Any hints on finding specific log entries would be a great help… I don’t see any reference to either the “internal Database” or “more than 30 seconds”

The stack traces indicate history storage, but contrary to this post title they also indicate the target DB is SQLite and not MySQL.

@Keith_Magill I suggest that you give support a call and let them get you sorted out.

1 Like


Thanks. I will call in the morning.

Something’s odd.

Ok. Mystery solved.
Issue was due to the configuration of multiple SQLITE databases with the same URLs.
When you create new databases based on SQLITE, the configuration defaults to the same URL each time. This is not allowed with SQLITE. I had to edit the second occurrence to use a different path.
It would be nice if the configuration would automatically concatenate the new database name or automatically index the file name into the URL path so this could not occur…


What are you using SQLite for?

I struck this out above, but it sounds like it is applicable:

Really. ):

1 Like


Well now that statement makes sense. I am not a huge SQL user other than with Ignition. I read “single-threaded” but I just figured it meant “slow”.
Some of us just need to learn the “hard way”.

System is being migrated to a full SQL server system as soon as the equipment “arrives” .

Is there a way to import the SQLITE data into real SQL??

Some of us just need to learn the “hard way”.

Nothing wrong with that, I kind of prefer it as the lesson’s stick much better.

You can transfer from SQLite (and other SQL Databases) to SQL Server provided you get the right driver. Here’s a short walkthrough listing the steps (bottom of the article) How to Migrate SQLite to SQL Server? | Easy Steps - Learn | Hevo

If you don’t have many tables and no live data, it might be easier to just recreate the tables in sql server with new create statements.


What Brian said.

In the future, if you need a free database product that can handle real workloads, install PostgreSQL (my fave) or MariaDB.


Yea it should be noted that SQL Server, in line with Microsofts general philosophy, tries to lock you in.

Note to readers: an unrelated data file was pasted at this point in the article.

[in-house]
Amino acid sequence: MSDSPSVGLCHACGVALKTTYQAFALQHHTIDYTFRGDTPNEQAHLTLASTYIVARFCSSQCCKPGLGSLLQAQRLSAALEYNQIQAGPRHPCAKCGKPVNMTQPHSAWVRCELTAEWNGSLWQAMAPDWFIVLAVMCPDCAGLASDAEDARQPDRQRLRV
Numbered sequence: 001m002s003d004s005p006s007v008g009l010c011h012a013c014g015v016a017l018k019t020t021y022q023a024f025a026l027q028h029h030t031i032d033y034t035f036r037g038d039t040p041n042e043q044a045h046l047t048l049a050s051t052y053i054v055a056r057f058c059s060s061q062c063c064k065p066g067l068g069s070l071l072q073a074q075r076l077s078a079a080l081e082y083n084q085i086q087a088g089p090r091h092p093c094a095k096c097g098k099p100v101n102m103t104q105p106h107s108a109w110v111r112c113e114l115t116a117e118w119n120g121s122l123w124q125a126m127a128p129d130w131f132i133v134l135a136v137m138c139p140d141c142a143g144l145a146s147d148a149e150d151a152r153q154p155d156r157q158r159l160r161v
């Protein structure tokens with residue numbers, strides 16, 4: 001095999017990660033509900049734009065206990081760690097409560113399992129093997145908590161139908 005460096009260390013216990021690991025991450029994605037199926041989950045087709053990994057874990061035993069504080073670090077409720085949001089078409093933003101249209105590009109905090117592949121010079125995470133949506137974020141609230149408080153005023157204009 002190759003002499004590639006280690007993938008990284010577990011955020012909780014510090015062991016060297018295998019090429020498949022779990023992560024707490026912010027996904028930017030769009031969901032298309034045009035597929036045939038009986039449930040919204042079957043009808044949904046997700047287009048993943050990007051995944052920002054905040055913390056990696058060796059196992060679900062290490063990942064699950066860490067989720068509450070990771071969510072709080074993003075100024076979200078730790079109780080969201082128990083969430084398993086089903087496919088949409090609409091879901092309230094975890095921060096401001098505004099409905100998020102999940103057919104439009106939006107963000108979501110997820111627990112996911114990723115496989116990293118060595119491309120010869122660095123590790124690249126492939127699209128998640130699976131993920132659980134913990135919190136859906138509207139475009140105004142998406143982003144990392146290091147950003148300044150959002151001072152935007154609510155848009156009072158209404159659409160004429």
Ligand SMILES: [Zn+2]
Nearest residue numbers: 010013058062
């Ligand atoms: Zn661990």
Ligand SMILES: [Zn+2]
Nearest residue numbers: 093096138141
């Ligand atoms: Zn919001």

A simple example is that every sane SQL Database lets you limit a query with
SELECT * FROM someTable LIMIT 10 to limit it to 10 rows with a LIMIT clause at the end.

SQL Server decided to get the same behavior to do SELECT TOP 10 * FROM someTable. You may think they just made a mistake with their syntaxing, but the real reason (imo, I don’t know if this is confirmed or just my tin foil hat) is if you have a working application in SQL Server with all their specific syntax around, now converting it to any other database is a much bigger hassle so you’re more likely to just stick with SQL Server.

PostGres, MariaDB and MySQL do not try to lock you in, at least not in such an obvious and hard to work around manner.

Another option to consider, that I use in my own office, is to install and run MS SQL Server for Linux with the development license selected. No programmatic limits, but do strictly obey the development-only rules. The win is that it can make proper MS DB backups (v2019 at the moment) that can be loaded into the future production system. (And vice versa, which is what I mostly do.)

Microsoft maintains an Ubuntu-compatible repo that makes its installation astonishingly easy, along with a variety of command line tools. Cudos to Microsoft for this. (Gah! It burns!)


Phil, is everything ok?


My tongue is scorched. :crazy_face:


Thanks for all of your help.
I will look into PostgreSQL…

MariaDB is more user friendly, for those starting out, in my opinion


I didn’t think those two things together was actually possible. :laughing:

They also offer container images for SQL Server on Linux, pretty handy as well: